12 Social Investment Options 1.Not-for-profit/charity that generates exclusively social value o Non-market rate (grants) 2.Social enterprise that runs a deficit and has clear social mission o Non-market rate/Submarket rates (grants-capacity building, startup, bridge funds; PRIs, soft loans) 3.Social enterprise/business that is breakeven to profit-making but also has a clear social/environmental purpose o Sub-market/market rate (PRIs, soft loans; market rate loans or equity, “quasi-equity”) 4.Commercial opportunities in deprived areas o Market rate/ Sub-market or tax reduction (government incentives) 5.‘Social firms’ that employ disenfranchised members of the community o Sub-market/market rate

13 Equity Risk Dilutes ownership Risks losing control over mission, decision making, and direction Can intensify pressure to make profit and/or change legal structure Fairly untested in social enterprise “Its never too early to fire the CEO.” Eric Archambeau, VC and VP

14 Social Investors and Expected Returns

15 Investor Types Entrepreneurs: In-kind equity, equity “Angels” or social investors - individual investors: quasi-equity, equity, grants, debt (patient) Foundations: Grants, Program Related Investments (PRI’s) Social Venture Capital: equity, debt Venture Philanthropists: Grants, PRIs o Can be individuals or foundations Government: Grants and contracts Venture Funds: Equity and Banks: Debt, equity Corporations: equity, debt, cause-related sponsorship, partnership (brand and market leverage/access), and in- kind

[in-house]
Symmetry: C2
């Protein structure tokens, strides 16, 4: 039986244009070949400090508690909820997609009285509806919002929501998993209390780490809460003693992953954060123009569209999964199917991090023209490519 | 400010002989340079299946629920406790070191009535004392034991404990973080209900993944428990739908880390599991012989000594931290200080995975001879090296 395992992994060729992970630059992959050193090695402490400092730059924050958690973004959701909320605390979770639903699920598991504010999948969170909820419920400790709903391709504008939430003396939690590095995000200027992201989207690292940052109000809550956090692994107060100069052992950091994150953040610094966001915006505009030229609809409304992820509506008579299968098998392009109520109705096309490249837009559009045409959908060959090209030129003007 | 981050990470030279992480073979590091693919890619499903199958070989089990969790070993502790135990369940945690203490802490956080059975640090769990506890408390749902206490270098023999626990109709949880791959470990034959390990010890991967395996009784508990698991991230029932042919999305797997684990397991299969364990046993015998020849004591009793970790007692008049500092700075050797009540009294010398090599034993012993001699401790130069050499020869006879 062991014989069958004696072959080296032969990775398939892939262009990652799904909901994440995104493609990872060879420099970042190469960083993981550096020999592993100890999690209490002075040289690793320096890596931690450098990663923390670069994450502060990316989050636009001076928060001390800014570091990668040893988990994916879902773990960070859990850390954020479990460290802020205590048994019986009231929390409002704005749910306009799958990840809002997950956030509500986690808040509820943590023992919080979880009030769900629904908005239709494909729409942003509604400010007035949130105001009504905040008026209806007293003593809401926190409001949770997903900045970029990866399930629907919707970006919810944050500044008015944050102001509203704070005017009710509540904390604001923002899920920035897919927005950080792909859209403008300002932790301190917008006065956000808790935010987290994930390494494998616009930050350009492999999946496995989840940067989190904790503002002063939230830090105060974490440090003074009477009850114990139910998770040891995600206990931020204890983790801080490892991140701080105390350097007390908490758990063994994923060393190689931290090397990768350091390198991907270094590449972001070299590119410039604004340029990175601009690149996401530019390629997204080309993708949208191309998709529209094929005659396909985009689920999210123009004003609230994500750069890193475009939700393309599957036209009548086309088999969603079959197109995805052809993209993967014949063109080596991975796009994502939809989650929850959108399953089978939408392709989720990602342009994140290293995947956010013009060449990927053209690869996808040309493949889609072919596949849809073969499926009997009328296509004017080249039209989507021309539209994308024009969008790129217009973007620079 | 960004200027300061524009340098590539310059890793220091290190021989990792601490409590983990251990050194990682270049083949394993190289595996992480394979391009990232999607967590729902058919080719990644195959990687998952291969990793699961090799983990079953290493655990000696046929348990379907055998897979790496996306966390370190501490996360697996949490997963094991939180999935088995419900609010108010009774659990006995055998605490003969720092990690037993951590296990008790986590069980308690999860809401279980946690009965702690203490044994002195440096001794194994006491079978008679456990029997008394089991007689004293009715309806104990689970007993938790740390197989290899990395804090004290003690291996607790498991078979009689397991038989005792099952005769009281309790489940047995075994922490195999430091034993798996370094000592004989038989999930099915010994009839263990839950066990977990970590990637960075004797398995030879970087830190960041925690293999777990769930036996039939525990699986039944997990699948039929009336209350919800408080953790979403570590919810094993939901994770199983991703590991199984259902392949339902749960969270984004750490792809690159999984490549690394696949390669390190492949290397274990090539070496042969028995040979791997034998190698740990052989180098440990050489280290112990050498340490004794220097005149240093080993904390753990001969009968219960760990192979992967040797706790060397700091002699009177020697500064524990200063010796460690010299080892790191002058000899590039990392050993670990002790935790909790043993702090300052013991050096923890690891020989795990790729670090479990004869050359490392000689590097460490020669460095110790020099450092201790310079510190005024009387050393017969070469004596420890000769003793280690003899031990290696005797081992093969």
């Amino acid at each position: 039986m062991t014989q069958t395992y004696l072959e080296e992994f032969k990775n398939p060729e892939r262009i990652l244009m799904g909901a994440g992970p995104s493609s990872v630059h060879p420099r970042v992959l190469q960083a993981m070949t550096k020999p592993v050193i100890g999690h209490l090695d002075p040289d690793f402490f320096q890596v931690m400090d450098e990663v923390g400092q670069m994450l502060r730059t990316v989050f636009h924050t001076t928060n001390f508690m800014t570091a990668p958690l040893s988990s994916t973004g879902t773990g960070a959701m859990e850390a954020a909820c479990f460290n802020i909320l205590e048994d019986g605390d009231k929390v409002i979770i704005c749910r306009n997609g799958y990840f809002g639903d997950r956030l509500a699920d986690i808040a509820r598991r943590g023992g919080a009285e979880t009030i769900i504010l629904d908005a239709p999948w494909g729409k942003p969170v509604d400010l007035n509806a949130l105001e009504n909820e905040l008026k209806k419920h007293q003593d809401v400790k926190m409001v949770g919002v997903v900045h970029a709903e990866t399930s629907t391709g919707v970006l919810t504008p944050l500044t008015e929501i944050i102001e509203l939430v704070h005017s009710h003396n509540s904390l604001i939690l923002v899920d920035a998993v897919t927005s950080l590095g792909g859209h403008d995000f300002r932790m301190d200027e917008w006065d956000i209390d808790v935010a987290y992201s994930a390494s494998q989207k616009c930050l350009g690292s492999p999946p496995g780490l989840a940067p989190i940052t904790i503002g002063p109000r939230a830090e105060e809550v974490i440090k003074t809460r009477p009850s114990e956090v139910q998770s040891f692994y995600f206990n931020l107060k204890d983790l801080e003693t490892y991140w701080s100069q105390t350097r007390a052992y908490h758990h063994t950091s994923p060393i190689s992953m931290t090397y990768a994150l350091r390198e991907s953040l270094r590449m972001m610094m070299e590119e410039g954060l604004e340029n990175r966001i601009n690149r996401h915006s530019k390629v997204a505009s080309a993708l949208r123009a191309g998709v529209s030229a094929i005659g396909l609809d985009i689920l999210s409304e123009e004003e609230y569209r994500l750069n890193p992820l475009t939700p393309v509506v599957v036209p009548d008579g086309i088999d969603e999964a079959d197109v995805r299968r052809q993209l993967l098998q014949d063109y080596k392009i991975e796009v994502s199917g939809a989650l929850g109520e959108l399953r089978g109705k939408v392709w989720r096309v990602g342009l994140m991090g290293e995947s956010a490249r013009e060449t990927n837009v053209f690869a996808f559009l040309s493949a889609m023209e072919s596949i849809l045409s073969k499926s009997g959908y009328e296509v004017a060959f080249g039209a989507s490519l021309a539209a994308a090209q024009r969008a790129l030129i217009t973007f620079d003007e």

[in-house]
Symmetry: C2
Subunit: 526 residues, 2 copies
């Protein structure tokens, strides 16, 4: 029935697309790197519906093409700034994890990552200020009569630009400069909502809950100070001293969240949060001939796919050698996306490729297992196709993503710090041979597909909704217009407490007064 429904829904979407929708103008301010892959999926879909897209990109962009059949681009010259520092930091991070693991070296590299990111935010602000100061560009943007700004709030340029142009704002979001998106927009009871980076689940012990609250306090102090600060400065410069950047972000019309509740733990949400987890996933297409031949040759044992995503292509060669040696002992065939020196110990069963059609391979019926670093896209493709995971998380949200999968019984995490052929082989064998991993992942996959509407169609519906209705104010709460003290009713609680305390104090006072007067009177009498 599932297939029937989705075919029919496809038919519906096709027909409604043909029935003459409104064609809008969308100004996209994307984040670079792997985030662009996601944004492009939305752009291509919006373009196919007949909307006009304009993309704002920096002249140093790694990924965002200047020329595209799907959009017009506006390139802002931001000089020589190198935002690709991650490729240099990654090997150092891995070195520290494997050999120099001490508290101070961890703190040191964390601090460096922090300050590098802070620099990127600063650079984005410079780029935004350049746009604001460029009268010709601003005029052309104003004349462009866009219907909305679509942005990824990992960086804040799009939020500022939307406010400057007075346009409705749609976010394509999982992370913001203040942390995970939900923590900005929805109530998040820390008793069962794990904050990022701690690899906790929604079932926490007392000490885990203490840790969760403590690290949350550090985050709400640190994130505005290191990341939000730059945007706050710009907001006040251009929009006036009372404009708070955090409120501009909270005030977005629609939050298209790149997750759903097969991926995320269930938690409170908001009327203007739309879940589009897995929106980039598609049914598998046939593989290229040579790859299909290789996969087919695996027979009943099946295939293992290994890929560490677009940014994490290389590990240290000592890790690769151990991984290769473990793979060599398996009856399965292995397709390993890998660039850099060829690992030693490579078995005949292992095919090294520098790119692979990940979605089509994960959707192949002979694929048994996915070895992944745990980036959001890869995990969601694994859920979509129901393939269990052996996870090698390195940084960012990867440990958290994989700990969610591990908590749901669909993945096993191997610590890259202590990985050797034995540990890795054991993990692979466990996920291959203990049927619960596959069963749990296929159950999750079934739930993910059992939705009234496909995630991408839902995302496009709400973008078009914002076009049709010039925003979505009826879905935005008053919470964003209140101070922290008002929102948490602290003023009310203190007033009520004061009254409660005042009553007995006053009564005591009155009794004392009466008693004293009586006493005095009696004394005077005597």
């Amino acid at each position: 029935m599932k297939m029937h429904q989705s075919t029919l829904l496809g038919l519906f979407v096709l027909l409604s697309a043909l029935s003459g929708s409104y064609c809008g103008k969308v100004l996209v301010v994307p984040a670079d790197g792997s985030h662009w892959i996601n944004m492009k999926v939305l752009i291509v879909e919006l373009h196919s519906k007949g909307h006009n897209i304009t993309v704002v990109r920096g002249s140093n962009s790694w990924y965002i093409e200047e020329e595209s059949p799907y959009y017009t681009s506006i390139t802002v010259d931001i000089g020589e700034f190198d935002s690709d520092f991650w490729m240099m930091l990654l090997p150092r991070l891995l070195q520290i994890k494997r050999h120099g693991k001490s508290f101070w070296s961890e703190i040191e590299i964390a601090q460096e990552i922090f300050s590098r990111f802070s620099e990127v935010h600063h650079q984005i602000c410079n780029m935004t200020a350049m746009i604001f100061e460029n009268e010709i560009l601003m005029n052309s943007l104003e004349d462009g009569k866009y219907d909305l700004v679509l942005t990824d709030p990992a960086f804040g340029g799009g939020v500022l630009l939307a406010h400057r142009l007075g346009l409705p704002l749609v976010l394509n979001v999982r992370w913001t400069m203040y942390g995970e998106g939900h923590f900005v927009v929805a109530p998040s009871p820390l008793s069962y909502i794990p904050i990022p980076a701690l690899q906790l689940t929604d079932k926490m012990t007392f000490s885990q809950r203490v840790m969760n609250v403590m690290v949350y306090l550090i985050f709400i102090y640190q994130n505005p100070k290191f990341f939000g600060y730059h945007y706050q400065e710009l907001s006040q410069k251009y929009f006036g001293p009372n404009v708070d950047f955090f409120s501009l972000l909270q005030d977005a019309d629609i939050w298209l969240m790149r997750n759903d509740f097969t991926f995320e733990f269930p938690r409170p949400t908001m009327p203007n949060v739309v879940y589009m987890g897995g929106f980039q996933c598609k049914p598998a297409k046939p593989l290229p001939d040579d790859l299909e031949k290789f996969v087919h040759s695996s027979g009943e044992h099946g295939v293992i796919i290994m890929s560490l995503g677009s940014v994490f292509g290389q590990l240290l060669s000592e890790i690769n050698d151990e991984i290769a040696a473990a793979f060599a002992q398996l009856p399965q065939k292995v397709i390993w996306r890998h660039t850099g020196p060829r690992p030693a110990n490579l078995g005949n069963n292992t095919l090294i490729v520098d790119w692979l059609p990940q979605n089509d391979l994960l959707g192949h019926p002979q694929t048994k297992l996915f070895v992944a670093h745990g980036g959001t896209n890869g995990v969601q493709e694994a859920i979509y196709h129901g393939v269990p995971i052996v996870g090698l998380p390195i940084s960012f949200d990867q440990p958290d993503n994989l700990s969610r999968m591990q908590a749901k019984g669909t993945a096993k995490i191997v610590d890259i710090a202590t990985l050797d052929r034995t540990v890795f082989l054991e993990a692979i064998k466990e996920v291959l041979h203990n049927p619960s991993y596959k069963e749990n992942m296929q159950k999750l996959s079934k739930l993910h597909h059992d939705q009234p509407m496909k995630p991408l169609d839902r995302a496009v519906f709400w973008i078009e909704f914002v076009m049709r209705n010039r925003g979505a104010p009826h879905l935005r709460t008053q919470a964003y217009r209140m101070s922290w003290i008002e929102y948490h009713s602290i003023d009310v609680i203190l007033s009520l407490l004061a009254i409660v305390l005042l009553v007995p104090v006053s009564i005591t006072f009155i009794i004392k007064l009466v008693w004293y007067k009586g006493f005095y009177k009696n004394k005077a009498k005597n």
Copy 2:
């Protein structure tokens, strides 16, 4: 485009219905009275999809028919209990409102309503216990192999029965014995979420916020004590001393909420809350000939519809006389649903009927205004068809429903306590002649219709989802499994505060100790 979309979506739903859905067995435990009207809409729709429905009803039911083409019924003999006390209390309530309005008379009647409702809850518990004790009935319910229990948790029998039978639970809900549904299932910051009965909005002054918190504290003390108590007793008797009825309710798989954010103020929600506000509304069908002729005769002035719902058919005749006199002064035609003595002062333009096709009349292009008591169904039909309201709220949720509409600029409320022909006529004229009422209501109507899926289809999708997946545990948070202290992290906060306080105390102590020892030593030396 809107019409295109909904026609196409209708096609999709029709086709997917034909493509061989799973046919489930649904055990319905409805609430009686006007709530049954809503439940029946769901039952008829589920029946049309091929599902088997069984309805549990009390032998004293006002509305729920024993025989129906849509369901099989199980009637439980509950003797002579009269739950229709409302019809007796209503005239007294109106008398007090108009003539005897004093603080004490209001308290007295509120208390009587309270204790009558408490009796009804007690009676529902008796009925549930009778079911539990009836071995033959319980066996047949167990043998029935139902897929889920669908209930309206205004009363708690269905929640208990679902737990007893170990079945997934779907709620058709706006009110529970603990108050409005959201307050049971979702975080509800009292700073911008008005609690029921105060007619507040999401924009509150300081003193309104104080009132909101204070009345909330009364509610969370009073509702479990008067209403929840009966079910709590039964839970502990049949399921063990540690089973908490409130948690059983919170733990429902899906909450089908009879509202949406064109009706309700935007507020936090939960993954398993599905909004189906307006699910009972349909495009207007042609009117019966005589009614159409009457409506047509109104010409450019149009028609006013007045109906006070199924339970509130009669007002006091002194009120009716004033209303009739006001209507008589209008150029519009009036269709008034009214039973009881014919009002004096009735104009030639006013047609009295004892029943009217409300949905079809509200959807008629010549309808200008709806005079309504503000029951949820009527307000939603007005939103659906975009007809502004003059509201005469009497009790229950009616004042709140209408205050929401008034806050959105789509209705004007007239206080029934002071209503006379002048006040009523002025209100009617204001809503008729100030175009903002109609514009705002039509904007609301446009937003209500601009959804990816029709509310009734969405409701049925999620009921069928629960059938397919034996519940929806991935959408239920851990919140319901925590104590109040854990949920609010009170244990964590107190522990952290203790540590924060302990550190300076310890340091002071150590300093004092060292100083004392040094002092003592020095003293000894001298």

16 Not all Social Investors seek high returns Venture Philanthropy (VP) does not seek a return on financial capital all the time: mainstream VP operations all deploy grants as financial tools of choice. In fact the vast bulk of VP activity from the US is based on non-returnable grants (Venture Philanthropy Partners, 2002) PRIs often turn into covertable loans (grants) based on performance. For more information: Venture Philanthropy: The Evolution of High Engagement Philanthropy in Europe, Oxford Said School of Business, June 2006

17 Spectrum of Financial Return “Blended” Returns

18 The Investor Universe - 100%+ 8%0% Capital-protected Blended Returns Financially neutral (no losses) Market-rate return Financial Returns Social Benefit Grant-makers Social Returns - 15% ? Blended returns Moving towards Self- sufficiency

19 Trends, Myths and How to Get Money

20 Trends “Trendy” but more hype than actual dollars Increasing funder emphasis on financial sustainability of social enterprises Market most crowded in financial returns segment (social companies) Many funders looking for market/sweet spot Weak capacity of funds and social investors Greater involvement from government - policy and money Focus on capacity building/long term engagement Progressive foundations and venture philanthropists best for grants and TA money.